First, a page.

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Separate Norms For Medical Devices Soon

The government has decided to bring separate quality guidelines for medical devices such as stents, catheters, orthopaedic implants and heart valves by end of May. The guidelines would make it mandatory for both domestic as well as global medical device makers such as Siemens, Phillips, General Electric (GE) and LG Electronics to get their products certified by notified bodies like ISO and Bureau of Indian Standards (BIS) before selling them in the Indian market. It would also classify medical devices based on the risks involved.

“The DCGI has finalised the guidelines for regulating medical devices and have submitted them to the Drug Technical Advisory Board for an approval. The guidelines are likely to be notified by the end of May,” an official in the health ministry said.

At present, medical devices are treated like drugs and are regulated by state drug regulators under the drug law - Drugs and Cosmetics Act. Medical device manufacturers, who require a free sale licence from the government of India to export their products, were facing problems in the absence of the clear regulations and necessary licences. “Other than US and Europe, in most of the countries we require a free sales licence form India to export our products. However, we are not readily getting the licence from the government as there are no specific rules for the industry,” Hindustan Syringes & Medical Devices joint managing director and head of Association of Indian Medical Device Industry Rajiv Nath said.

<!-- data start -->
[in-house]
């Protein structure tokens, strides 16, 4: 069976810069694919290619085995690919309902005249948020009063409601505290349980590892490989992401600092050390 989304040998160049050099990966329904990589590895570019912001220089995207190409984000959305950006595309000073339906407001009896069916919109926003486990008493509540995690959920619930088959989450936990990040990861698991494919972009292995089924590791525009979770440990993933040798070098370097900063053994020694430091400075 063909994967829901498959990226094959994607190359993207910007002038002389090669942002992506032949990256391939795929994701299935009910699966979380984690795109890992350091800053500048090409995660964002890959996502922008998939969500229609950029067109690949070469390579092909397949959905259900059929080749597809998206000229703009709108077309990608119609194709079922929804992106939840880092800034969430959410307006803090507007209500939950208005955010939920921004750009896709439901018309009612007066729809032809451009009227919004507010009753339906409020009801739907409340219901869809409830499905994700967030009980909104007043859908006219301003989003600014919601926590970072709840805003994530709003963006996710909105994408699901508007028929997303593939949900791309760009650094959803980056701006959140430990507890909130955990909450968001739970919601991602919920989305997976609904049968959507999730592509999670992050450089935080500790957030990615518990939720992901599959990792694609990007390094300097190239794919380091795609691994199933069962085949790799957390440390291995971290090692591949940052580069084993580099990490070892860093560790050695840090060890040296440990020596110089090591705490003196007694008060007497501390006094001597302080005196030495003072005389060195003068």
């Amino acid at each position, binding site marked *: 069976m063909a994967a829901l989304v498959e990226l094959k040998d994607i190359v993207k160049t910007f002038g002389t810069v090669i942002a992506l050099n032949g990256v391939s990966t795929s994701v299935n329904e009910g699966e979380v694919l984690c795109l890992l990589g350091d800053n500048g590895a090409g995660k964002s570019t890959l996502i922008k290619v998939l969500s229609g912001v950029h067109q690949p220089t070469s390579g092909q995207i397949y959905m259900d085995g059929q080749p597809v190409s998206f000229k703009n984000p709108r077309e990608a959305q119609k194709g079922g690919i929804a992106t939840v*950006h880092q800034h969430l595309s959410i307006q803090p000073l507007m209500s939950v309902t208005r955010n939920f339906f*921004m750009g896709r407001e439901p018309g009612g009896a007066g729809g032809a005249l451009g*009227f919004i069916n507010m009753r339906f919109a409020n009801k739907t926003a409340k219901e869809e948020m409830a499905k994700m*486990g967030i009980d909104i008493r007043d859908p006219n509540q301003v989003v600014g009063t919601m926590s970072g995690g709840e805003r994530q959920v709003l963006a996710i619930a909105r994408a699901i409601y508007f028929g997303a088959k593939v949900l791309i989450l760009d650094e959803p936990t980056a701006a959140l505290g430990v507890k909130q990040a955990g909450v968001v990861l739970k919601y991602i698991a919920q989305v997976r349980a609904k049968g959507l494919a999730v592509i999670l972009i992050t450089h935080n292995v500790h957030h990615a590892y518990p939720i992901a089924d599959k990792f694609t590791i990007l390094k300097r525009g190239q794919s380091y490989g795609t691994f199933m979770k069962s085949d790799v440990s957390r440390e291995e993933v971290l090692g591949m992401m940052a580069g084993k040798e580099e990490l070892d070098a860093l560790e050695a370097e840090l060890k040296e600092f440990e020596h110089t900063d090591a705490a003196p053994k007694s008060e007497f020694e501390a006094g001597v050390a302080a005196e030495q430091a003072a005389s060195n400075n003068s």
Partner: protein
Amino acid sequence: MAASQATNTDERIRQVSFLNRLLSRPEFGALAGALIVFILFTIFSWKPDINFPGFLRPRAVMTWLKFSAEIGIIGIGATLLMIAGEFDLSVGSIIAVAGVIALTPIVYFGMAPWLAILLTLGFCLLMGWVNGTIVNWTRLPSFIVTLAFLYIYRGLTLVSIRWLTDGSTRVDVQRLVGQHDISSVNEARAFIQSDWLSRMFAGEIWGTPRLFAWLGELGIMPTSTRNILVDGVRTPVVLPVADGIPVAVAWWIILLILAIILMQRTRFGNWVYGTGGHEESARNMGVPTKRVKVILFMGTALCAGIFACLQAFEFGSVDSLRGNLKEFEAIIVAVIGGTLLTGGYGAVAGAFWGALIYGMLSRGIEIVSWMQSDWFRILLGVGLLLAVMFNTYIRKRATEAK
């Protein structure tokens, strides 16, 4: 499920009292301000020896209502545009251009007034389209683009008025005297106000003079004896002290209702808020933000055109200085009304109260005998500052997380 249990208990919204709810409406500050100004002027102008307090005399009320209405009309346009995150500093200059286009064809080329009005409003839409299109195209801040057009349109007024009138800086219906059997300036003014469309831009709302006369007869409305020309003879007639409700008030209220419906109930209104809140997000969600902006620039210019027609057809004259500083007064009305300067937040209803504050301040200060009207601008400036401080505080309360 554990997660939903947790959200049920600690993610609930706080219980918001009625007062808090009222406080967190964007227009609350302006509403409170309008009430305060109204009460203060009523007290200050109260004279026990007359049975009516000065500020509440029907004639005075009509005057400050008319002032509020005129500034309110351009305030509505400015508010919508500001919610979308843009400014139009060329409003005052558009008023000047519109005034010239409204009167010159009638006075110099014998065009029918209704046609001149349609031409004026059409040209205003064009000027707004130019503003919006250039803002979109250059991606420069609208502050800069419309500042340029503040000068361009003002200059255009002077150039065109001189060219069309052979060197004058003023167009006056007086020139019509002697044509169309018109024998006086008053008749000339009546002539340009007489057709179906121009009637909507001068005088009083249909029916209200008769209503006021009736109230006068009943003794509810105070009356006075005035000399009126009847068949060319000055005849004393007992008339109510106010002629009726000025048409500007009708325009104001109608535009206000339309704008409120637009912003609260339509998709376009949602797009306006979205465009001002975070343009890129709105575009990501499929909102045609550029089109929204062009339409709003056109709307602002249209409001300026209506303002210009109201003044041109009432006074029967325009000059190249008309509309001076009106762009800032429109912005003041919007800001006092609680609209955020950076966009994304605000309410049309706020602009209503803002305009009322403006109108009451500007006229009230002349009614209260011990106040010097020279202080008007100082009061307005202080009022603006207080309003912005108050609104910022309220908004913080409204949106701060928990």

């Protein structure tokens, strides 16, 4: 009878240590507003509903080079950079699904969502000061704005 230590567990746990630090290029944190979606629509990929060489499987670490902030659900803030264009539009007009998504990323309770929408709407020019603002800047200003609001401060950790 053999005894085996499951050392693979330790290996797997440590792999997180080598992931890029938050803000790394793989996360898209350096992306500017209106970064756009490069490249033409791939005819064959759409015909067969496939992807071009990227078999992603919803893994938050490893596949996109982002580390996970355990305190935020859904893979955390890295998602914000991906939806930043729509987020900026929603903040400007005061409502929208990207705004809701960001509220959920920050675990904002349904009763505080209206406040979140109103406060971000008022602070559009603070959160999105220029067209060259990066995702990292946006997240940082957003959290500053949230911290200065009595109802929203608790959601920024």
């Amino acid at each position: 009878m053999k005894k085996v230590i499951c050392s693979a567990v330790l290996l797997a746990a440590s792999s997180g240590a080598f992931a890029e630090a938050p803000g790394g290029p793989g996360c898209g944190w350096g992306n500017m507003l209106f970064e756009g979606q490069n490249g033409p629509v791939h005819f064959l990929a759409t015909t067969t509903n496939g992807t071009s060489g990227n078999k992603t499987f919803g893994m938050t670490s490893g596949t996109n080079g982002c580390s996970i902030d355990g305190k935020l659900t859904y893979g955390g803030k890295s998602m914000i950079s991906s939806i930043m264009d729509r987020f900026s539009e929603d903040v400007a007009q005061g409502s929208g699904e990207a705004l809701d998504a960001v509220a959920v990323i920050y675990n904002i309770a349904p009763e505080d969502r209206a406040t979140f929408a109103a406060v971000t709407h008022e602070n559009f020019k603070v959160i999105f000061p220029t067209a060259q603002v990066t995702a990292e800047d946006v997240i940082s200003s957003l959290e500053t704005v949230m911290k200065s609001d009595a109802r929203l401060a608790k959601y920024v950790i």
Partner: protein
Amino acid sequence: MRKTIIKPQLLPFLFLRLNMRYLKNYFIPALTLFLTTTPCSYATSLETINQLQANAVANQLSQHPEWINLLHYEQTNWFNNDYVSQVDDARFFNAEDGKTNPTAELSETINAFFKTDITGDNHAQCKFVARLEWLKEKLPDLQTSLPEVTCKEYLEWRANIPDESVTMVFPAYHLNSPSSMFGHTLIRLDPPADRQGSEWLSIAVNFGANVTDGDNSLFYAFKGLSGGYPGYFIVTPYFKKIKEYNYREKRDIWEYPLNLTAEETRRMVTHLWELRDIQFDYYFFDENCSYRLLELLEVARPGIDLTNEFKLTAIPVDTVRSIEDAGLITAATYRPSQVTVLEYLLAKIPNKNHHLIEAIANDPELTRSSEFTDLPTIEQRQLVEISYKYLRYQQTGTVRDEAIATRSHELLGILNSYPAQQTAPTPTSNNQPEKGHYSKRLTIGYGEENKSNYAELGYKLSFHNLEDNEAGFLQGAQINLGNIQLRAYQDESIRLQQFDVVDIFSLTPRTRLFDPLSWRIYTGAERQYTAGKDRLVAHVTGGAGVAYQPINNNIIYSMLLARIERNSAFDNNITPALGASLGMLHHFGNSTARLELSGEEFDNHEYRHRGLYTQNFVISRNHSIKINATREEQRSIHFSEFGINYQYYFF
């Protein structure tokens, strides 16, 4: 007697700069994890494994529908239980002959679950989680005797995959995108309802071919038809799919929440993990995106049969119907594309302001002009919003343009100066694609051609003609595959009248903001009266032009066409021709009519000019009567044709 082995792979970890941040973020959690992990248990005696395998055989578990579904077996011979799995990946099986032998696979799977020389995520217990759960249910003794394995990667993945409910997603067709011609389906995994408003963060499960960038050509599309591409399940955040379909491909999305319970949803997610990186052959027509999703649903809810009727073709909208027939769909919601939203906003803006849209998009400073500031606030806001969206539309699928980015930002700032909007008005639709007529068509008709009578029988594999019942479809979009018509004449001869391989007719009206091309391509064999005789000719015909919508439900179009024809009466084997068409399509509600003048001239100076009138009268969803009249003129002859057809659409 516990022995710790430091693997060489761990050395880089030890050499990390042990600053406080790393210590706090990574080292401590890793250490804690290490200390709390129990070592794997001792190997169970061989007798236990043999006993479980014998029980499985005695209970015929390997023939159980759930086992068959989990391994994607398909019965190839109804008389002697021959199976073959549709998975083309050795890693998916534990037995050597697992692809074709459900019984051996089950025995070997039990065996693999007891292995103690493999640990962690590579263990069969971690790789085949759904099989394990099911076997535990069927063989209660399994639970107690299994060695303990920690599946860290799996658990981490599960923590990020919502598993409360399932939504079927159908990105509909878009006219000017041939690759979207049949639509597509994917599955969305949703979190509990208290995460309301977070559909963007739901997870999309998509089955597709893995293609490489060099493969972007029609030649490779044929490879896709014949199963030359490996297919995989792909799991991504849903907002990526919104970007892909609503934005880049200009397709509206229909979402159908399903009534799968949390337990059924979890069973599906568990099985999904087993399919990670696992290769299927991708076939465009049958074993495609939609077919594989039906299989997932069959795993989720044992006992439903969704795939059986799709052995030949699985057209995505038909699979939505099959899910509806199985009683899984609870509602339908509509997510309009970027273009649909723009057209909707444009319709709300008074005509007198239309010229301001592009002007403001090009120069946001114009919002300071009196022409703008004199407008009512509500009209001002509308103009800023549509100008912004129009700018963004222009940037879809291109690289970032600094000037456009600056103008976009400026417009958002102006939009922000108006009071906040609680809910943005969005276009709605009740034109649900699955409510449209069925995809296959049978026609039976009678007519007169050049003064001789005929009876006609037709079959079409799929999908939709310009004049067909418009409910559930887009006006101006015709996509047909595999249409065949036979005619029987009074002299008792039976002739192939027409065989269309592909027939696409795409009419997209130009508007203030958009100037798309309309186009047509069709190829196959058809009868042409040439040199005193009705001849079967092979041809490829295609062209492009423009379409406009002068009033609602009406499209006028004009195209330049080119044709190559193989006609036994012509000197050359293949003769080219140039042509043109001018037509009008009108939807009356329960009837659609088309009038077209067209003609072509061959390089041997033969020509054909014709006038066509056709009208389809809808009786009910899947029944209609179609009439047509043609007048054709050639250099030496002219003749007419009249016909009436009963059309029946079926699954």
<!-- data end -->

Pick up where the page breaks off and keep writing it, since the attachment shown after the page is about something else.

Europe, Middle East, Africa and North America are prime export markets for Indian medical device makers. However, India imports a huge volume from other countries. According to Mr. Nath, even as the Indian Manufacturers produce medical devices worth $2.5 billion, the domestic supply is very low. Out of $2.5 billion, export accounts for more than $1.5 billion. To cater to its domestic demand, India imports medical devices around $1.5 billion.

“This gap is because of a clear discrimination between the indigenous manufacturers and multinational companies. While the state drug regulators expect even orthopaedic implant factories to install refrigeration units just because drug companies are mandated to do so, there is no means to inspect the facilities of those who are importing their products. Besides, their imports are fast tracked if they have Conformite Eurropeenne (CE) certificate from the European authorities or have an ISO labeling,” Mr. Nath said.

The government move comes in the wake of the industry protesting against the present norms and delay in issuance of licence to domestic manufacturers. The idea is not just to provide uniform norms but also to ensure manufacture and sale of safe medical devices in the country. The domestic medical device industry is estimated to be around $2.17 billion, growing 15% a year. According to estimates, it is expected to reach $4.97 billion by 2012.

(Ref: The Economic Times Dated April 30, 2009)

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